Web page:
RESPONSE 8: The board concluded that while the law clearly requires that outfitters ensure outfitter assistants are qualified and practicing safely, it is also important to inform clients regarding licensure and first aid training before providing services. Before the occurrence of an emergency situation that requires the use of an outfitter assistant, each client will have contracted with a licensed outfitter for the services of a licensed guide. Whenever an outfitter places an outfitter assistant into service in lieu of a licensed individual, the board believes the clients have a right to be notified of that change and what it means in terms of first aid training.


COMMENT 9: A few commenters emphasized the importance of adopting the requirement found in (2) of New Rule II, that outfitters, prior to serving a client, disclose to the client that an outfitter assistant is not licensed as a guide or outfitter, and whether the assistant has obtained first aid certification. The commenters viewed this requirement as reasonable in light of an anticipated extension of the sunset provision in the law that created the outfitter assistant.

            The commenters stressed that disclosure is also needed to maintain a transparent and quality relationship between the public and licensed outfitters and to measure the success of the outfitter assistant in practice. The commenters suggested that outfitters should sign an agreement or an affirmation that the disclosures have been made to clients, and said the disclosure requirement is the most important aspect of this rulemaking project.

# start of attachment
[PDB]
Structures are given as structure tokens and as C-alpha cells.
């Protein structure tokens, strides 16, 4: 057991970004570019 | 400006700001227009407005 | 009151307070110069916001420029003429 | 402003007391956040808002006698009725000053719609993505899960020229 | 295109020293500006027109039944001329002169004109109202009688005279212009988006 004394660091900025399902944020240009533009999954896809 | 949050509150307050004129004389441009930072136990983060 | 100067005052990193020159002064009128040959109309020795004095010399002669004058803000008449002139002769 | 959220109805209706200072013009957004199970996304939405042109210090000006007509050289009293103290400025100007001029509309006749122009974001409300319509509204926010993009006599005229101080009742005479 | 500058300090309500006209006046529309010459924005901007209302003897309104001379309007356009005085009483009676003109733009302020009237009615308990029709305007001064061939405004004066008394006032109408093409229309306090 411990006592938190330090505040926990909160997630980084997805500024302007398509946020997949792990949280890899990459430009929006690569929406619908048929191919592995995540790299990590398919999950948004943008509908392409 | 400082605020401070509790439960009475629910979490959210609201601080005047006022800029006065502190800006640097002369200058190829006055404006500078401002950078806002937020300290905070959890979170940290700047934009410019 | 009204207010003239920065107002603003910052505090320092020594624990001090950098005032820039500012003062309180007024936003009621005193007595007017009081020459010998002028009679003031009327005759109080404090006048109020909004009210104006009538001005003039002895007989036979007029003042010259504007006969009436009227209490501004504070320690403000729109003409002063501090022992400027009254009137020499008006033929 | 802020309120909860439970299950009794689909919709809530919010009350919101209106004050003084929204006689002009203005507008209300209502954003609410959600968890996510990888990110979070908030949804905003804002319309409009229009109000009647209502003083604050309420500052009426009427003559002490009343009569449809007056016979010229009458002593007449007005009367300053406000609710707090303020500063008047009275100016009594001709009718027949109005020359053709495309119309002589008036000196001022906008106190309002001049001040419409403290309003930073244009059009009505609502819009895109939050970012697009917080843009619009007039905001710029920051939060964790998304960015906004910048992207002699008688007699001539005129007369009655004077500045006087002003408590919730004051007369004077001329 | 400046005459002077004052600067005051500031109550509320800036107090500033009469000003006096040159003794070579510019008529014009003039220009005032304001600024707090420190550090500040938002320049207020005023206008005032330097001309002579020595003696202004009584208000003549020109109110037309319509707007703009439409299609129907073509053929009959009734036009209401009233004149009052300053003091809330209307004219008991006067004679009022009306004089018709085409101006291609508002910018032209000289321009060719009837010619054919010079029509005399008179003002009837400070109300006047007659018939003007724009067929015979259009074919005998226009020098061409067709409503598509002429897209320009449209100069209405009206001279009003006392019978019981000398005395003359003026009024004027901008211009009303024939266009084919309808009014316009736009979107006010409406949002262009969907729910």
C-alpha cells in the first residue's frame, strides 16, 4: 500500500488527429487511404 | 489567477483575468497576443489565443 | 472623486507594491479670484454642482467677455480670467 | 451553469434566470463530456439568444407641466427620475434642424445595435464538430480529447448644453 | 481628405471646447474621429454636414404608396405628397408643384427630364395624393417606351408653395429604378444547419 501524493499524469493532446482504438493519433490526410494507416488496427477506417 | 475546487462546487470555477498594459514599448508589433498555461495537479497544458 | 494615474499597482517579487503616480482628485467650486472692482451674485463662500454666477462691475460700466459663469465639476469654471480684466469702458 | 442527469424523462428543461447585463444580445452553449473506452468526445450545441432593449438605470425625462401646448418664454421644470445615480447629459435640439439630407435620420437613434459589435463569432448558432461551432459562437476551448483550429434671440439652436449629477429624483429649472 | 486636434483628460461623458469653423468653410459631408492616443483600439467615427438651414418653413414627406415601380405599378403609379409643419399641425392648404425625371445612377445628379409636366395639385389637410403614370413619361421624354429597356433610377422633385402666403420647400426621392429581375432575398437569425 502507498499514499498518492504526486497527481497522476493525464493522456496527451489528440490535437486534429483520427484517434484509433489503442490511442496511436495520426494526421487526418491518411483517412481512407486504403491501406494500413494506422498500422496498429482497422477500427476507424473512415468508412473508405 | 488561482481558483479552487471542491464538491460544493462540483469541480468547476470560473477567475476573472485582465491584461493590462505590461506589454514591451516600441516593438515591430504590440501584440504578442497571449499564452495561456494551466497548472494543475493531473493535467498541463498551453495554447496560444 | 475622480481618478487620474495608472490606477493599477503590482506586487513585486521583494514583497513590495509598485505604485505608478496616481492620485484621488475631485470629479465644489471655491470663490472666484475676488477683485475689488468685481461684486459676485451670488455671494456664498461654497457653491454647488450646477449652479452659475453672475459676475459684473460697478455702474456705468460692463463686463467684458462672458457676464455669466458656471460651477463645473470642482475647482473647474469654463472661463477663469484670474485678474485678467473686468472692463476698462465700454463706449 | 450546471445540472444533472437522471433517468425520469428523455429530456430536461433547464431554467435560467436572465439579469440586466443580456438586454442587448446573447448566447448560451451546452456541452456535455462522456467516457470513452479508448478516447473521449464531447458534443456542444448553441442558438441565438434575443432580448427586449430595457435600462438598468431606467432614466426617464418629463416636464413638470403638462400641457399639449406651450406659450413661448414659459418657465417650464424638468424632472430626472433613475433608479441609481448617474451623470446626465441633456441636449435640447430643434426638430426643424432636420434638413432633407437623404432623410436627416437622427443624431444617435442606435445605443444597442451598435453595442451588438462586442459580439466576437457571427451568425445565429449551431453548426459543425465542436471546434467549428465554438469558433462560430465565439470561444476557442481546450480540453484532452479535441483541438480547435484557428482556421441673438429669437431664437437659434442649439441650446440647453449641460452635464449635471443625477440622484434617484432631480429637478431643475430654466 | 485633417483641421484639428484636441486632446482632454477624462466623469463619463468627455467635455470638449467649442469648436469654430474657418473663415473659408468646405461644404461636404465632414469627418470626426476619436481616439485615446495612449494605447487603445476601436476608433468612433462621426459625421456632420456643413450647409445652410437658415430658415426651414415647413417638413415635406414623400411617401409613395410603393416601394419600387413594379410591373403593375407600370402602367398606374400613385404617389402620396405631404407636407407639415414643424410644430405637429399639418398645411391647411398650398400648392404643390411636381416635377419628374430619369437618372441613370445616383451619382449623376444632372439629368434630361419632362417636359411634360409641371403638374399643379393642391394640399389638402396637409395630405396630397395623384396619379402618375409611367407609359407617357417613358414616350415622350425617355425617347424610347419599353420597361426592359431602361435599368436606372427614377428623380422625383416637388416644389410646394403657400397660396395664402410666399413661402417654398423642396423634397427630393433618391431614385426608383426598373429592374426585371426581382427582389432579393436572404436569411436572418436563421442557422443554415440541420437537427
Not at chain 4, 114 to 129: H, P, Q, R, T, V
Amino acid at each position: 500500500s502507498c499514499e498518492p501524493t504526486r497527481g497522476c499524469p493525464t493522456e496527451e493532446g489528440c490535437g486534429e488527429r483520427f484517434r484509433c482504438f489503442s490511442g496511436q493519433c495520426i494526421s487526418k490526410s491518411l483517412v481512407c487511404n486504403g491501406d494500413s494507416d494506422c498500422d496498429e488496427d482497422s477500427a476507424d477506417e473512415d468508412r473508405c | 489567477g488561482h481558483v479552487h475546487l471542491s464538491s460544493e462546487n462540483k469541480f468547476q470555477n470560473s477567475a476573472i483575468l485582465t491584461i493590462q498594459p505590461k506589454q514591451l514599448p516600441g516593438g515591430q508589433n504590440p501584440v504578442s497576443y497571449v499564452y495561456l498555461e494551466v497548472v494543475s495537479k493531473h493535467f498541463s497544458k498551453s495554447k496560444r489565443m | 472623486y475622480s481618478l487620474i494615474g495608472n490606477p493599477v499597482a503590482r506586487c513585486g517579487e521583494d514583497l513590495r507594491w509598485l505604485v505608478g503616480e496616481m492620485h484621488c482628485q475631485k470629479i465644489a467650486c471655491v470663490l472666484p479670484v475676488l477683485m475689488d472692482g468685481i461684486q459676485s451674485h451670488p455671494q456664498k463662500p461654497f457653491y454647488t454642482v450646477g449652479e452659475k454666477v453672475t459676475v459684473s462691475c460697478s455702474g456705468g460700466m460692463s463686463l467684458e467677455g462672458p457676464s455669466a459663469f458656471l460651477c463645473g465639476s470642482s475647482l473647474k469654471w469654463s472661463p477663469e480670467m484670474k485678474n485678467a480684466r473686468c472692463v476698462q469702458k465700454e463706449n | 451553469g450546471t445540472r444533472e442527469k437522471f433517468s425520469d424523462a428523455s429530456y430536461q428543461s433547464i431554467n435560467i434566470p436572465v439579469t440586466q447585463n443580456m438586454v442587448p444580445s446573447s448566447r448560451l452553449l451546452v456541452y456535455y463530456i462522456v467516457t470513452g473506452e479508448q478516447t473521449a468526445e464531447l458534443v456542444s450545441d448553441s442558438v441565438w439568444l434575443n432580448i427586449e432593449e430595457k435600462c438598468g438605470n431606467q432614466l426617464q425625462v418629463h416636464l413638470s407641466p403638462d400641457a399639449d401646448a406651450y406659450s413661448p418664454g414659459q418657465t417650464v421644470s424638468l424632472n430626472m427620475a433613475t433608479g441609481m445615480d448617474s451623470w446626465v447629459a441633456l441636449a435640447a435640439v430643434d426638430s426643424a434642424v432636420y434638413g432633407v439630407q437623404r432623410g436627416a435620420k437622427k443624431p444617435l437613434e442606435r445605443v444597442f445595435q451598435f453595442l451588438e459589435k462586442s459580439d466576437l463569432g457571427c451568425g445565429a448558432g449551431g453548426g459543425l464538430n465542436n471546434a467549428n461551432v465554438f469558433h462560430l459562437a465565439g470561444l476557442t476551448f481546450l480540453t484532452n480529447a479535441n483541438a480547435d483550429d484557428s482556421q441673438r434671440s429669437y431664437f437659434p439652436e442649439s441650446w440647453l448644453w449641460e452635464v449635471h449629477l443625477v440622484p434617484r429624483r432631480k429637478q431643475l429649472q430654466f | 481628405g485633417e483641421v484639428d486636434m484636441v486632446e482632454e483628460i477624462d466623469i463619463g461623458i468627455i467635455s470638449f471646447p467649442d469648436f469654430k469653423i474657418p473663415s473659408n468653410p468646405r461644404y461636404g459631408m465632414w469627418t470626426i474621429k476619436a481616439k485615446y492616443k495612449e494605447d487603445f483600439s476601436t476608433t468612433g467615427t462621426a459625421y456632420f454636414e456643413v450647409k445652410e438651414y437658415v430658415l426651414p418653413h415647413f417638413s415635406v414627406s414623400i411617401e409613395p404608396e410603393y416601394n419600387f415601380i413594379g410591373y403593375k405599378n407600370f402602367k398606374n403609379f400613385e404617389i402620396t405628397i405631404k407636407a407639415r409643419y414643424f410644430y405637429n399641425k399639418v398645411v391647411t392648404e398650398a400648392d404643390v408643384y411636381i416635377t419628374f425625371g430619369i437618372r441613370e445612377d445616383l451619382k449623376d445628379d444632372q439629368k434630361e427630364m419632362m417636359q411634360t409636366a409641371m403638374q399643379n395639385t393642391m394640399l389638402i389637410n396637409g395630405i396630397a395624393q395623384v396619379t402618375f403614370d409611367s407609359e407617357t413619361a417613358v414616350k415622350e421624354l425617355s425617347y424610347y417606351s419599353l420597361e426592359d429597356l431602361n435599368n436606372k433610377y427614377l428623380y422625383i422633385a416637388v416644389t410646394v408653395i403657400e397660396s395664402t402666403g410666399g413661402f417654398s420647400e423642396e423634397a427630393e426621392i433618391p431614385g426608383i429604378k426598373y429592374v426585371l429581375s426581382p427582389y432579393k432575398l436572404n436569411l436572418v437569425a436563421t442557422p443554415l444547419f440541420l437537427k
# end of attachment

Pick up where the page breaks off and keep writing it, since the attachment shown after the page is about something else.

RESPONSE 9: The board agrees with this comment, in general, and is adopting New Rule II as proposed.


COMMENT 10: Several commenters stated that the proposed requirement that outfitters disclose the unlicensed status of outfitter assistants to clients is an infringement on the outfitter's right to contract or on the outfitter's right of privacy inherent in a client contract.


RESPONSE 10: The board's authority to regulate the outfitter to contract with his client is apparent in statute. Two examples of how these contracts are already being regulated by the board can be found in ARM 24.171.2301(1)(f) and (g), where the board requires an outfitter to provide each client with a current and complete rate schedule, in writing, and where the board requires an outfitter offering services to a nonresident hunting client to specify the refund policy, in writing, for those occasions when the client fails to draw a license required to participate in the service offered.